Arms race: Tigers round up hurlers in Draft
Detroit picks rubber-armed Wood, trio with club ties
CHICAGO -- Most pundits saw Austin Wood for the astronomical total of 169 pitches he threw in one game for the University of Texas in the NCAA regionals against Boston College. The Tigers saw Wood for the pitches he threw over the course of the season.
As exceptional a situation as Wood presents, he's the type of situation that fit the Tigers' strategy in the early rounds of the 2009 First-Year Player Draft. They've looked for talented arms in the past that have fallen for various reasons -- performance, risks or salary expectations -- and now they try for value picks.
In this year's case, that strategy yielded them a heavy crop of arms for the second straight Draft, which they hope will inject some more pitching talent into the farm system.
"I hope so, I really do," Detroit's director of scouting David Chadd said Thursday. "We were talking about that today. It's difficult to sign Major League players out of the Draft period, but when you can sign players down low [it helps]."
Chadd couldn't estimate the effect Wood's pitch count had on his outing, but when he fell to the seventh round, the Tigers decided they couldn't pass him up. He projects to garner a lower pitch count role out of the bullpen, maybe as a left-handed specialist.
As for the wear and tear on his arm, Chadd said the Tigers continued to follow him after the outing in question.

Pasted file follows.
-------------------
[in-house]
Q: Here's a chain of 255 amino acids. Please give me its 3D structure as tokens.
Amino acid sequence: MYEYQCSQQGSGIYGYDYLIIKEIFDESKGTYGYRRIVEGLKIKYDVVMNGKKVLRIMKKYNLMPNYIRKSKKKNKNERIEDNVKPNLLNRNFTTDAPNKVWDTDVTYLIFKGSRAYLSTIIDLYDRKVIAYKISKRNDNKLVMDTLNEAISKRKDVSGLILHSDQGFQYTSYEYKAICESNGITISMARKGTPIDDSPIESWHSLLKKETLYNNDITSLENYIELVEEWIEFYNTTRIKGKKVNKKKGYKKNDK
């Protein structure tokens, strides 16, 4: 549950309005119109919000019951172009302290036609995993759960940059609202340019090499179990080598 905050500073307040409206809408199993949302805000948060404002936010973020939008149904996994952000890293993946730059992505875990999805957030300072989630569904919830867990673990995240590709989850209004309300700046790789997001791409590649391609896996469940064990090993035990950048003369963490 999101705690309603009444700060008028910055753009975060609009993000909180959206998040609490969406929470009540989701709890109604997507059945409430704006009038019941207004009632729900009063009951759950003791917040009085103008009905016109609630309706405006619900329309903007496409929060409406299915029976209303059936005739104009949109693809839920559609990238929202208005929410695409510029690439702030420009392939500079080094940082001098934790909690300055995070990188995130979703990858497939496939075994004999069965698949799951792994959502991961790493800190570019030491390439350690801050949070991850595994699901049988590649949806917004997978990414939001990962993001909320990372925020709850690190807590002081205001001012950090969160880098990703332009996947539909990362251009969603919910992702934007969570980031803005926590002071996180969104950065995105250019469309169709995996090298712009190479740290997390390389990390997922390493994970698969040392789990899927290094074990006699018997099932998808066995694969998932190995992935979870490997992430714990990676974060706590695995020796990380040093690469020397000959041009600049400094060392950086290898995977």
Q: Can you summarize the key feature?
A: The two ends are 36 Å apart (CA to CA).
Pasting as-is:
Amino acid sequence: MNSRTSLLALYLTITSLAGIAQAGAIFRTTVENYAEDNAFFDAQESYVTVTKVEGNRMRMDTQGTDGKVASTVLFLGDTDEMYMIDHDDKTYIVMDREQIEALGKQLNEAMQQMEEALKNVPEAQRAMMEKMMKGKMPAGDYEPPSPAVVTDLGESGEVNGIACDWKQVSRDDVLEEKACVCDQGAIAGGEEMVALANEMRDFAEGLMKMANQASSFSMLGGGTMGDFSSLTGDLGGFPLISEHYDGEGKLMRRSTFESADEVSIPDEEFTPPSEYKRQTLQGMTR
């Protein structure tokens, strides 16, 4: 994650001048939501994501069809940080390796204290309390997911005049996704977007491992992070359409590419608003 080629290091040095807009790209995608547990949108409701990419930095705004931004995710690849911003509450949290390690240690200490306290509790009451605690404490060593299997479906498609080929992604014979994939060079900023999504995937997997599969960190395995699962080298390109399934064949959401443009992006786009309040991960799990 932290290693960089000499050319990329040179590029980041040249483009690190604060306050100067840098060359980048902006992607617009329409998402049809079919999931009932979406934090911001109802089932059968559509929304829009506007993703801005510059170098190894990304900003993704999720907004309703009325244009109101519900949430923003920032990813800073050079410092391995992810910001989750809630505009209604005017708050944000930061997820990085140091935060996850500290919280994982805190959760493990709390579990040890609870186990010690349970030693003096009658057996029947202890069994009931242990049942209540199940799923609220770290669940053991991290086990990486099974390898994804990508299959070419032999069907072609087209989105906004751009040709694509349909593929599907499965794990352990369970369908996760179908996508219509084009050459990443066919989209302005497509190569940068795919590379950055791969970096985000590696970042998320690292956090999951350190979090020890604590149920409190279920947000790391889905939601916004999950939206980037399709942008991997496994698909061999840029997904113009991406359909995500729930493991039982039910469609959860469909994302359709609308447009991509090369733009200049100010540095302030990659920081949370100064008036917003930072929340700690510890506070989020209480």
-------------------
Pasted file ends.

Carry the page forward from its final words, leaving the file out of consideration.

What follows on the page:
"Our information was that he's fine," Chadd said. "He actually went out after that and threw long toss [the next day]. I really didn't have any problems at all taking Austin Wood with that pick. It's just a matter of what role he's going to be playing."
Likewise, Detroit thinks it has some potential pitching help from the later rounds. Craig Fritsch just finished his redshirt sophomore season at Baylor with a 5.09 ERA, but he showed some late-season dominance that helped him land a ninth-round selection. The Tigers will follow him in the Cape Cod League.
Tobin Mateychick is a tall lefty who has committed to go to Wichita State University, but he was worth the chance if he changes course. Another lefty, Giovanni Soto, was originally in junior college before returning home to his native Puerto Rico.
Tigers -- Top five selections
|9||RHP||Jacob Turner||Westminster Christian Academy|
|58||LHP||Andrew Oliver||Oklahoma St U|
|89||3B||Wade Gaynor||Western Kentucky U|
|120||SS||Edwin Gomez||Puerto Rico BB Academy HS|
|150||LHP||Austin Wood||U Texas Austin|
|Complete Tigers Draft results >|
Twenty-two of Detroit's 50 Draft picks were pitchers. The first two days saw an even split, with 15 of the top 30 selections being used on hurlers.
Day 3 of the Draft saw a heavy amount of high school players, both fielders and hurlers. The Tigers will continue to follow them into the summer.
"We call them summer follows," Chadd said, "guys probably heading to college."
Day 3 also saw a trio of players selected with Tigers ties. Right-hander Nicholas Avila, a 42nd-round selection out of Central Florida Community College, is a nephew of Tigers vice president/assistant general manager Al Avila, and the cousin of Tigers catching prospect Alex Avila. The Tigers used their next pick, in the 43rd round, on Central Arizona College first baseman Andrew Allen, who is the son of Tigers television broadcaster Rod Allen.
The 48th-round selection went to Jake Porcello, younger brother of Tigers rookie Rick Porcello and a similarly sized right-hander at Seton Hall Prep in New Jersey.
Jason Beck is a reporter for MLB.com. This story was not subject to the approval of Major League Baseball or its clubs.